Central America, one of the world’s most vulnerable regions, is no stranger to climate change. Small scale farmers from Mexico through Panama are facing challenges as weather patterns change and extreme weather events become more common.
A joint report released by Catholic Relief Services, CIAT, and CIMMYT in October 2012, entitled ‘Tortillas on the Roaster’, discusses the climate realities facing Central American Maize and Bean farmers. The report findings suggest a 1°-2° C rise by 2050, resulting in water shortages, land degradation and increased crop losses.
These realities demand action- this was a major driving force behind aWhere’s recent expansion of the Platform to provide free access to gridded weather data in Mexico and Central America. Accessible and locally relevant weather information, limited in this region by a lack of meteorological stations, provides insight into weather patterns and allows farmers to make informed decisions.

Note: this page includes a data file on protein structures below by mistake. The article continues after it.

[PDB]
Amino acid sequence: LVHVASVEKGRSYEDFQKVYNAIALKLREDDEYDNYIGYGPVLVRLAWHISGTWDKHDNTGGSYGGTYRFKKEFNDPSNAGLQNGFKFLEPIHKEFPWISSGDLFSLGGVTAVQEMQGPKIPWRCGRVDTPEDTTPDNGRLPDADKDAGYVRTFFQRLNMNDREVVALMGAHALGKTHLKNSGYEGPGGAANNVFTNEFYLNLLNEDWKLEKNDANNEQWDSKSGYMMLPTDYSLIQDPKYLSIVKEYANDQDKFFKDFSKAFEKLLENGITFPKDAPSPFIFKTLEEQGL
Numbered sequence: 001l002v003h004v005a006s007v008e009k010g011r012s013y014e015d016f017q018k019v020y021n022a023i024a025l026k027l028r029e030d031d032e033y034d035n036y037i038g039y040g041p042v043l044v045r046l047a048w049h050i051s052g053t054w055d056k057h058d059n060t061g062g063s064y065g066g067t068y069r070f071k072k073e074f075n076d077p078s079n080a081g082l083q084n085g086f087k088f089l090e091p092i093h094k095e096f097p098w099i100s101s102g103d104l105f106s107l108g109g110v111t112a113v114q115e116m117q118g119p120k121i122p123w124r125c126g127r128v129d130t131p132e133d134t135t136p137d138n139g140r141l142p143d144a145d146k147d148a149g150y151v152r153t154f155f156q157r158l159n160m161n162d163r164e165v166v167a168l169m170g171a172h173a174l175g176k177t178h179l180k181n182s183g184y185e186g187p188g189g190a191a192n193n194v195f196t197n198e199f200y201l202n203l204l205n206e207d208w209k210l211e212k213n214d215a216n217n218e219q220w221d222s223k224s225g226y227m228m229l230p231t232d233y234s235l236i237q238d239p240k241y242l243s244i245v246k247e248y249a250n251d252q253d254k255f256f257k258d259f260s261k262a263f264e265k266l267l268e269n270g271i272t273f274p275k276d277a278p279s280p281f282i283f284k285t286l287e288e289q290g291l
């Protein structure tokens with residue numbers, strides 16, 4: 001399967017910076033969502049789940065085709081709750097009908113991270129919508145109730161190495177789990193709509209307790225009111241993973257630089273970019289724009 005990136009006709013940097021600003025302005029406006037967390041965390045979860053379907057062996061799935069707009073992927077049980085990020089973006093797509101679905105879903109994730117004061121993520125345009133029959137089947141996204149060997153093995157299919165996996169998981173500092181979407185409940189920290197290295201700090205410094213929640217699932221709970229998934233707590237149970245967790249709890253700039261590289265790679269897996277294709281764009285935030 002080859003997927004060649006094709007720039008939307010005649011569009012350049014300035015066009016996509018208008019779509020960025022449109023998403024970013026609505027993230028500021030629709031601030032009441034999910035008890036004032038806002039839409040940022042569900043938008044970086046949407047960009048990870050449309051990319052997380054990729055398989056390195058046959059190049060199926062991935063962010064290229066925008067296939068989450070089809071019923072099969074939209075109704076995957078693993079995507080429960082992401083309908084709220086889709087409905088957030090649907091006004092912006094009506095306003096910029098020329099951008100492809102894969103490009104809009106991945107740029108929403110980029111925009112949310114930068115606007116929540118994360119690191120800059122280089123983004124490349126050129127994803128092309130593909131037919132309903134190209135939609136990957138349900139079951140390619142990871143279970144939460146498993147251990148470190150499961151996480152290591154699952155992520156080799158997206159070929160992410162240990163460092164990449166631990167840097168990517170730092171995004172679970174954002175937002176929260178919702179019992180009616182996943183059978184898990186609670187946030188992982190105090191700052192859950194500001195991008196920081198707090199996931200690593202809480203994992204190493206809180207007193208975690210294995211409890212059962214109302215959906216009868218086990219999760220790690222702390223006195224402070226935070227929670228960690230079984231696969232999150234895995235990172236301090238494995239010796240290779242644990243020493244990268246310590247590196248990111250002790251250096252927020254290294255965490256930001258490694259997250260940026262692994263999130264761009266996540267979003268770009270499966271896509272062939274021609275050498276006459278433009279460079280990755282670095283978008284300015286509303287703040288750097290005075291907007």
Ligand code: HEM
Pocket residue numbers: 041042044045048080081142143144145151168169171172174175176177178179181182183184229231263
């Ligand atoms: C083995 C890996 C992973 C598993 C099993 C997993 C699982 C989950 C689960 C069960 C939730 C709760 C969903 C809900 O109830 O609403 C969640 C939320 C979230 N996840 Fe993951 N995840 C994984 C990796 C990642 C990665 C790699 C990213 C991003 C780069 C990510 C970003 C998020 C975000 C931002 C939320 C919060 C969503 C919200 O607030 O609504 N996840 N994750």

aWhere’s gridded weather data are available at a 5 arc-minute resolution (approximately 9x9 km grid cell). These ‘synthetic’ weather stations offer visibility into localized weather content.